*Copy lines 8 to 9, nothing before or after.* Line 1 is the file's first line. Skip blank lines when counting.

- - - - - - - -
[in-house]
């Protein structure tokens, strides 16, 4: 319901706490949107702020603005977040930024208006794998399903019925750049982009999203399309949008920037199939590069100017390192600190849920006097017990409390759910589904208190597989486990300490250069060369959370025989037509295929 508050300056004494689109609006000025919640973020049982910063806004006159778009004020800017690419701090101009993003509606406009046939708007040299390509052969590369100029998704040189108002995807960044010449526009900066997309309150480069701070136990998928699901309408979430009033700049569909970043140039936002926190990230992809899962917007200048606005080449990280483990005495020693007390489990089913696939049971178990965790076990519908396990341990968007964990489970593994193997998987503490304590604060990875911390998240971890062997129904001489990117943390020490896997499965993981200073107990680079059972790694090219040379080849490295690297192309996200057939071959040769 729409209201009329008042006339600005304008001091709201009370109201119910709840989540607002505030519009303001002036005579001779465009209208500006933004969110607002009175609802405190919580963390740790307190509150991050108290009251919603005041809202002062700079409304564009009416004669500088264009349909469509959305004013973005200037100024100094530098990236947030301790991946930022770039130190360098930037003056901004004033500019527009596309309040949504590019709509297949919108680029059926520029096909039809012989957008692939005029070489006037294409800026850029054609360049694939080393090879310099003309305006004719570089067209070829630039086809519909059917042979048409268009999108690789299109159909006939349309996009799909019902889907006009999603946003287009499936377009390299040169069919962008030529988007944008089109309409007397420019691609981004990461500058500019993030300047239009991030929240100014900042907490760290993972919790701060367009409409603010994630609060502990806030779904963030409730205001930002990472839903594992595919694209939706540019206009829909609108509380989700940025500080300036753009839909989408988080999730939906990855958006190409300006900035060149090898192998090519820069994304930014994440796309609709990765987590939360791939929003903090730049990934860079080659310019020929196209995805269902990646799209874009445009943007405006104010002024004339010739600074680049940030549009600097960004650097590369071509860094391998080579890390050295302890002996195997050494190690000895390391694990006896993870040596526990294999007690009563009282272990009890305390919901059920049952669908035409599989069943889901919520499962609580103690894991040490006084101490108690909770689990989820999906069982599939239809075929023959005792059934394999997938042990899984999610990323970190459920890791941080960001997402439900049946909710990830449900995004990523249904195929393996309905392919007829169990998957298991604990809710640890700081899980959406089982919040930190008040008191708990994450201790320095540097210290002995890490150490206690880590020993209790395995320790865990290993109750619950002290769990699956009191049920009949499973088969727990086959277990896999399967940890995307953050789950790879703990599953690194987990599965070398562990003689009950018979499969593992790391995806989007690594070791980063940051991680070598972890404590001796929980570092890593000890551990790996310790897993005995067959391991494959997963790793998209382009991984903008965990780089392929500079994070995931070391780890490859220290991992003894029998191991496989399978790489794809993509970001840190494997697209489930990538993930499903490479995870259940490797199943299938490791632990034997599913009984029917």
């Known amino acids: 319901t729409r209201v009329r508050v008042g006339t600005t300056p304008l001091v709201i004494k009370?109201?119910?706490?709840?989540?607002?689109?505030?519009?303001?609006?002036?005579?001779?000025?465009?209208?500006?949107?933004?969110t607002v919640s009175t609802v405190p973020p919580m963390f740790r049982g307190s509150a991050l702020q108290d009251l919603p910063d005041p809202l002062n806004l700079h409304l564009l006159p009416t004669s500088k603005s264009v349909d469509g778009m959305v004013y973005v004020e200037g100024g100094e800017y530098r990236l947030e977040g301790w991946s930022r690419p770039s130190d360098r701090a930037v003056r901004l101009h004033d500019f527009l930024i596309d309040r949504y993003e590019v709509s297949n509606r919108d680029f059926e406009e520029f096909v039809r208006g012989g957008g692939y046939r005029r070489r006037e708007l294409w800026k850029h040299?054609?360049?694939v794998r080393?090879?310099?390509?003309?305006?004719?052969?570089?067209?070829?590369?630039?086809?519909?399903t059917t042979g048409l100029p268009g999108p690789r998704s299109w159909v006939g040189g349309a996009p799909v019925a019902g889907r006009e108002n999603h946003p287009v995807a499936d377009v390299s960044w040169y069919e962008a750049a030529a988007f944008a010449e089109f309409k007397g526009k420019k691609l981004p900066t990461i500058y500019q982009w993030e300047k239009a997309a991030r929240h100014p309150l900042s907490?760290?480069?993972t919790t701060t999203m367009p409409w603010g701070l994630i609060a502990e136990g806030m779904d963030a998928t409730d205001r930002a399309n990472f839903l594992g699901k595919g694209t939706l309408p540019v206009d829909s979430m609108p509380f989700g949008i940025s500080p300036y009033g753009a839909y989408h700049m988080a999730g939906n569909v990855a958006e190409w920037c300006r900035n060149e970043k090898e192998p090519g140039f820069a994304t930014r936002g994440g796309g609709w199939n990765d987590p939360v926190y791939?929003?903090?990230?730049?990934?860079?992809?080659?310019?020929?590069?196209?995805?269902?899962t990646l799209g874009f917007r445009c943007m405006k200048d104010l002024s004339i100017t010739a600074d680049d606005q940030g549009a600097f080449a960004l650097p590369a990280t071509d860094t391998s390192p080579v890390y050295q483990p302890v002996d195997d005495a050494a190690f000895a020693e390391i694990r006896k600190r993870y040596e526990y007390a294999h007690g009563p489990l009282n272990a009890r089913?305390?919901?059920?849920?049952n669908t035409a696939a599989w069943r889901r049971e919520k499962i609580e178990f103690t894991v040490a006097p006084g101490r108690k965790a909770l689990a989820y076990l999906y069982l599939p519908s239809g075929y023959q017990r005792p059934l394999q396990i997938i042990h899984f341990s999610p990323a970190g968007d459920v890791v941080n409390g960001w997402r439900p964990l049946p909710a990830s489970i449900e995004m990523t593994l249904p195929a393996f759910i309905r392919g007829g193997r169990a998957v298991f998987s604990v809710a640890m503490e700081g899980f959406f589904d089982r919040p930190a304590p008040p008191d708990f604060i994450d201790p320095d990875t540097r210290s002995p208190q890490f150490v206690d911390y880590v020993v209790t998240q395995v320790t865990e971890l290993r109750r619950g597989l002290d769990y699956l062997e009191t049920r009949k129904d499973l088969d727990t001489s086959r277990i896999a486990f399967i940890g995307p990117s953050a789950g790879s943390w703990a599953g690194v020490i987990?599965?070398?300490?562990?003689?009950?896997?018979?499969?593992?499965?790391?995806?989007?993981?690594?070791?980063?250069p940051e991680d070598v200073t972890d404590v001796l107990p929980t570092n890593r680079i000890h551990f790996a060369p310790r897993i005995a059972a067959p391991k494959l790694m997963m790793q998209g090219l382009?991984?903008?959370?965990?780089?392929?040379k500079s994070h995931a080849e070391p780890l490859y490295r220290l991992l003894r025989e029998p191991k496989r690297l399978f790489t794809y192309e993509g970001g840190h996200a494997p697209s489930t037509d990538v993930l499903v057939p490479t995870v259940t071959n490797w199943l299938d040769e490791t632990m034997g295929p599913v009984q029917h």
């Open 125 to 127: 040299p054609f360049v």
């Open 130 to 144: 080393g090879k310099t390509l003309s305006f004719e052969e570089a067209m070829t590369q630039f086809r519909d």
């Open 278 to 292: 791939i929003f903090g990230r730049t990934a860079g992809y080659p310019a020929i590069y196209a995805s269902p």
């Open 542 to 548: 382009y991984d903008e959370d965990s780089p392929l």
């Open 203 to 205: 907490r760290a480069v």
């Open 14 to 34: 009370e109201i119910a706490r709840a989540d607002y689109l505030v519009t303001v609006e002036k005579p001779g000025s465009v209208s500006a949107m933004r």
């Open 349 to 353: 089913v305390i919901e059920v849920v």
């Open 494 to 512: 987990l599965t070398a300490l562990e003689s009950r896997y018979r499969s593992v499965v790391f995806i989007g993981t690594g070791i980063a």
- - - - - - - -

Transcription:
């Open 203 to 205: 907490r760290a480069v």
């Open 14 to 34: 009370e109201i119910a706490r709840a989540d607002y689109l505030v519009t303001v609006e002036k005579p001779g000025s465009v209208s500006a949107m933004r």